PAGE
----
Sally Bensusen, Senior Graphic Designer

Sally Bensusen


Phone: (240) 542-1171 (office-M,Tu,W)
Fax: (301) 474-5970
Personal Url:


Providing a visual link between science and the general public by creating explanatory and conceptual illustration, booklets, posters, lenticular products, and novelty items for use by scientists as well as the science-attentive public.


Formerly a staff astronomer with the U.S. Naval Observatory in Washington, D.C, Sally Bensusen combined her science and art backgrounds to pursue a full-time career as a scientific illustrator in 1981. She has operated her own studio for over 21 years.

She has been commissioned regularly by the Smithsonian magazine, National Geographic Society, Scientific American and various other publications worldwide. She developed and illustrated a monthly feature for Natural History magazine for the American Museum of Natural History in New York City. Her art was featured monthly in Natural History’s "Biomechanics" column, working closely with scientists for each issue. She performed numerous lectures and workshops for colleagues in scientific illustration, both domestic and foreign, on illustration and business practices during this part of her career.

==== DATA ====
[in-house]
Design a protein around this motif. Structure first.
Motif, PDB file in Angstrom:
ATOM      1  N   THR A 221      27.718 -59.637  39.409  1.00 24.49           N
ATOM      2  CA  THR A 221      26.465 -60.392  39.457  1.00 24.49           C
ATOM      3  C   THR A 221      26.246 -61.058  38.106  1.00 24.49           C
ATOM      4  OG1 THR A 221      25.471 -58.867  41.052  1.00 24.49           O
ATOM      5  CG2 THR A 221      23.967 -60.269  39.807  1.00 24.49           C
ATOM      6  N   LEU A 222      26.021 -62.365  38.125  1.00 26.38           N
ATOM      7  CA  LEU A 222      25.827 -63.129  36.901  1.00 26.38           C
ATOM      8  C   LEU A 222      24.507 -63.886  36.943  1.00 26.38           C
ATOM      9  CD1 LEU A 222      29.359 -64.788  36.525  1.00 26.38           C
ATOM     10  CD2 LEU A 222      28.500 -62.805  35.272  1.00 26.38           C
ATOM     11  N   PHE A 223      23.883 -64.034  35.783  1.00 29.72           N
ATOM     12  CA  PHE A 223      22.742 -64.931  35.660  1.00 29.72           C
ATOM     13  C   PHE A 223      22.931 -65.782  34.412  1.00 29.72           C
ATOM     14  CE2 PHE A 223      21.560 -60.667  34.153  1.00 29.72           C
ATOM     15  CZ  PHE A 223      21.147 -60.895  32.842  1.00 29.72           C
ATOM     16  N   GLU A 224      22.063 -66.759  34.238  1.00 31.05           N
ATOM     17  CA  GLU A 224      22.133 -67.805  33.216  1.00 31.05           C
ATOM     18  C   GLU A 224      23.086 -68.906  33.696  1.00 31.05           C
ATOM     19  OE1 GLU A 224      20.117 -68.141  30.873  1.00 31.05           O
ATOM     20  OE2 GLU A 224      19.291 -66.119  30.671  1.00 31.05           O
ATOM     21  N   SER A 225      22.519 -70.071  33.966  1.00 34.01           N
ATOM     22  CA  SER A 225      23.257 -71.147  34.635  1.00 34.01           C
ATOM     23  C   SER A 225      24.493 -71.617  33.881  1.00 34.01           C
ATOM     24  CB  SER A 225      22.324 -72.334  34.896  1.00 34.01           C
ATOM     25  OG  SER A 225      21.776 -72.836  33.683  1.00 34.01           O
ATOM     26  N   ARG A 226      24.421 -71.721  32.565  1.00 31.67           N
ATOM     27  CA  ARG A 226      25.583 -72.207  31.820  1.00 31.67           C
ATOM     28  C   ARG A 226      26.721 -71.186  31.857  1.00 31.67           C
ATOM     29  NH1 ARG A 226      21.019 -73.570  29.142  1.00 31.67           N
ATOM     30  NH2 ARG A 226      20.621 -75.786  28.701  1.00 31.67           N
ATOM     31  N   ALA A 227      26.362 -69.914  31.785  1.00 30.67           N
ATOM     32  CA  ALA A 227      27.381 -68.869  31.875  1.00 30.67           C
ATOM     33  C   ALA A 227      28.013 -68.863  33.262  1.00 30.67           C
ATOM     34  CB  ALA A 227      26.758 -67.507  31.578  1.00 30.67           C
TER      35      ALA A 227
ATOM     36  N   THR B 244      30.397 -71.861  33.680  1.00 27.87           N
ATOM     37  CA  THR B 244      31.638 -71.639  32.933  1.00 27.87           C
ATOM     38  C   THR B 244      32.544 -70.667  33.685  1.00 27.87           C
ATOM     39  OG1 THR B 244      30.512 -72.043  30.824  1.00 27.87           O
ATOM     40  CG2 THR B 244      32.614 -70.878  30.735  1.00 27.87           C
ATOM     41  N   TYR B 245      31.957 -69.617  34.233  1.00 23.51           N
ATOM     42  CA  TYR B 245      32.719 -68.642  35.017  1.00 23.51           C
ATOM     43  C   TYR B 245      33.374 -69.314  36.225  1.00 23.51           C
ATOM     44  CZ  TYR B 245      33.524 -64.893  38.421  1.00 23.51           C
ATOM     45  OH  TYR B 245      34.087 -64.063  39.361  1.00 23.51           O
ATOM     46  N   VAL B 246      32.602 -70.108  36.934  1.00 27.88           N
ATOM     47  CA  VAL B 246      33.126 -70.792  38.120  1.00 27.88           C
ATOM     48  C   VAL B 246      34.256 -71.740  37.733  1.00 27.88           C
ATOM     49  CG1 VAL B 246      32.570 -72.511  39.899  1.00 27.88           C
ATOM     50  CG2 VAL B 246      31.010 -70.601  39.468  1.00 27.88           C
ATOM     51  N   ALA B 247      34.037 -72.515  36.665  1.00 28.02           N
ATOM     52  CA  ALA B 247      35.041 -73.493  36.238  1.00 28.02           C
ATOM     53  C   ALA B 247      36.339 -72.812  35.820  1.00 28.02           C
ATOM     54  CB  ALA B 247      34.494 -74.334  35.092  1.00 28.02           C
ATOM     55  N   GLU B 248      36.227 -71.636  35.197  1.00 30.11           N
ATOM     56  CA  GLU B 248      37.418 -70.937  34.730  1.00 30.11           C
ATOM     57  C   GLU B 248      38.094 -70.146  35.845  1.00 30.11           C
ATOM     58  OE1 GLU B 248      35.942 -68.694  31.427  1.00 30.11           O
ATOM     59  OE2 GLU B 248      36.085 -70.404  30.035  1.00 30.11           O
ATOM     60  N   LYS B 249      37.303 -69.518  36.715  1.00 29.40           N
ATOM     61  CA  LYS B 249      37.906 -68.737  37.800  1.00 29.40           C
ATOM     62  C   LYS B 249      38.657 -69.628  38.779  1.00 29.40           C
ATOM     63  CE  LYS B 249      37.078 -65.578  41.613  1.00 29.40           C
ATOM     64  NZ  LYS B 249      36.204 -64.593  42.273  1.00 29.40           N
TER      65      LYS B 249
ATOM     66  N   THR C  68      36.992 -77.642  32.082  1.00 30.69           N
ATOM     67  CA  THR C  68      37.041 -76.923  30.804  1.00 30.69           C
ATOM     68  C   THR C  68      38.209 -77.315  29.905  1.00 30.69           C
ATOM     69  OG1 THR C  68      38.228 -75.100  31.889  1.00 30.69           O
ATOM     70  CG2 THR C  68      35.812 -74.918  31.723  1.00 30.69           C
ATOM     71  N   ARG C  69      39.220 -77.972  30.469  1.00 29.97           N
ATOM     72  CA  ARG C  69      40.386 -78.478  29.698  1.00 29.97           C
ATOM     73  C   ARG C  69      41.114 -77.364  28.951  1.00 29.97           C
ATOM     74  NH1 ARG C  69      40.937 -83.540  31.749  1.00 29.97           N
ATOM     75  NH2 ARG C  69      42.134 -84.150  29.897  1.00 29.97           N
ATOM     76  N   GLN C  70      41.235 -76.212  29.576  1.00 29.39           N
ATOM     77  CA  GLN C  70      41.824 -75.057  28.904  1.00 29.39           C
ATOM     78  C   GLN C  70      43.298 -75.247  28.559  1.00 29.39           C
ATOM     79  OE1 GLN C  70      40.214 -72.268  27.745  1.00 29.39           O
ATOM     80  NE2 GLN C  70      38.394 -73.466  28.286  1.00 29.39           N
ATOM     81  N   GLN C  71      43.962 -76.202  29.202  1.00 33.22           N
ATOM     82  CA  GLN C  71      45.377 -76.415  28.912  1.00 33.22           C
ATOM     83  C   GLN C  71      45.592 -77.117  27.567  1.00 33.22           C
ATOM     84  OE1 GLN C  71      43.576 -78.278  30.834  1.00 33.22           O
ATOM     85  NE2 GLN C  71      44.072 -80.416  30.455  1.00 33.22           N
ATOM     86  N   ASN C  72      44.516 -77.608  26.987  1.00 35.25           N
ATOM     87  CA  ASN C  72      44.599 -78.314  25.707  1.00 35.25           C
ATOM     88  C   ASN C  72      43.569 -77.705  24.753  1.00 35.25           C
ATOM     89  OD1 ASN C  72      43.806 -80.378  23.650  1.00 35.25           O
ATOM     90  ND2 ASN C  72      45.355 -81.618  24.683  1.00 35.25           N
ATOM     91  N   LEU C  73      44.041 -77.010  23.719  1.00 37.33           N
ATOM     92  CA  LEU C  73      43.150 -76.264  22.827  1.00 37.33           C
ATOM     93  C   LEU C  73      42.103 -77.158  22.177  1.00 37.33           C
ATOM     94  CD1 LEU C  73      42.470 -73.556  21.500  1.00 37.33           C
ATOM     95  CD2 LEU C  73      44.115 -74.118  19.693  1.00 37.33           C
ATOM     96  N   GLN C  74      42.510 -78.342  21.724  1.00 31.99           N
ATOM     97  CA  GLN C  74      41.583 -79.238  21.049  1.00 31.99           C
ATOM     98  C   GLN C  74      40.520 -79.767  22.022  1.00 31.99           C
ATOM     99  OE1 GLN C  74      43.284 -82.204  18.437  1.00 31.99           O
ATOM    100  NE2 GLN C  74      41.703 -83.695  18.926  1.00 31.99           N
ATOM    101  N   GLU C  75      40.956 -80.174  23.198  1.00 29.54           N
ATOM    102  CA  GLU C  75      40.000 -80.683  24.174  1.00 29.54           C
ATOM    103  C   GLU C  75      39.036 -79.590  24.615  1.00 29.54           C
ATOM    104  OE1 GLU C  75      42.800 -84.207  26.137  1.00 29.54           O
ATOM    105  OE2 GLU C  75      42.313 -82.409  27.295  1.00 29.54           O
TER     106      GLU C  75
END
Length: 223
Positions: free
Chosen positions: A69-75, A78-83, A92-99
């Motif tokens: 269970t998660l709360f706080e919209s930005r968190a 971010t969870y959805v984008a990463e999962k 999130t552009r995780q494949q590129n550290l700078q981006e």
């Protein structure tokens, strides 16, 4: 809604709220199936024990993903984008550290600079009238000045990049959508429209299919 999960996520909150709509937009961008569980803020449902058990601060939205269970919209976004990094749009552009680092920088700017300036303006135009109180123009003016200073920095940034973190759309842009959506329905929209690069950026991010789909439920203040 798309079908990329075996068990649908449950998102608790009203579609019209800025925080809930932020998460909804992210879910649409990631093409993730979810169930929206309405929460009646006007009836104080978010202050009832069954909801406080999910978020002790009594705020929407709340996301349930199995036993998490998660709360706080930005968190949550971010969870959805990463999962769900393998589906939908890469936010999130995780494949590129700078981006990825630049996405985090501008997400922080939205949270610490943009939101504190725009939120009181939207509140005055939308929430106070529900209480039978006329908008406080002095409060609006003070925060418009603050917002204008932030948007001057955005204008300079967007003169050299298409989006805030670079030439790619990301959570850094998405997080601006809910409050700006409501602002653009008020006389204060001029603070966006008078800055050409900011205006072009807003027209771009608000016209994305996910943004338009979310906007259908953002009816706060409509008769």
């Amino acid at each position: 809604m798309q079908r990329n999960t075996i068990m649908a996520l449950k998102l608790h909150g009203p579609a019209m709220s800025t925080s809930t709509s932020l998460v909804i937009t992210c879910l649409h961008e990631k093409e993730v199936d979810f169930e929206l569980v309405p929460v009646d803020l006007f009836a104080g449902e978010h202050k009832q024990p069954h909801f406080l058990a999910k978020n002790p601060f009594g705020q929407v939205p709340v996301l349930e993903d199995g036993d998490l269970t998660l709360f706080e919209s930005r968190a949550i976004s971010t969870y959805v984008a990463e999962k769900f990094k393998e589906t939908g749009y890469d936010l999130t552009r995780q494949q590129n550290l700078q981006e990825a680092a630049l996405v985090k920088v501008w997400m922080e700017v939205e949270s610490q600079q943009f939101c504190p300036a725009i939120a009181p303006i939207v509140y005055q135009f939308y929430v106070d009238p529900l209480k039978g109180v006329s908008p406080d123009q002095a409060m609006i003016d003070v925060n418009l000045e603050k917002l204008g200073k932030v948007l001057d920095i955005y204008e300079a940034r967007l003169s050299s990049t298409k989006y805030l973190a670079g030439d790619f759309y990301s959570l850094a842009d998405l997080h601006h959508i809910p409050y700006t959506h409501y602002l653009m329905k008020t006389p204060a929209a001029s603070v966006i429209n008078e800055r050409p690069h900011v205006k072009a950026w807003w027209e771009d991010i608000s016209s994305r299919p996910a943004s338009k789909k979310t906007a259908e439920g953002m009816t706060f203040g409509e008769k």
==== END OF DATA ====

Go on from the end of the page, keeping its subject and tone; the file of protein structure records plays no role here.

Since 2002, Sally has worked as a Graphic Artist at NASA’s Goddard Space Flight Center, providing outreach materials in support of various projects: Wilkinson Microwave Anisotropy Probe (WMAP, a mission that measured the fundamental properties of the universe); NASA Science satellite missions (Earth Science, Astrophysics, Heliophysics, Planetary Sciences).

During this period, she has been production manager on “Our Changing Planet: The View from Space,” a collaborative book describing Earth’s natural systems and how humans observe our planet with remote sensing; directories for two national illustrator associations. The task involved coordinating content from the four editors, obtaining images from the visualization team, setting production meetings, and coordinating deadlines with the publisher, Cambridge University Press. She also helped to obtain publicity for the book and scheduled a radio interview for two of the book’s editors.

Her current tasks primarily involve providing science outreach materials about Earth and NASA’s satellite missions, both for scientists and the general public, and in support of scientific conferences and public events. These include developing lenticular cards about Earth science, booklets, posters, iBooks, satellite mission brochures, all demonstrating NASA’s role in understanding Earth’s changing systems.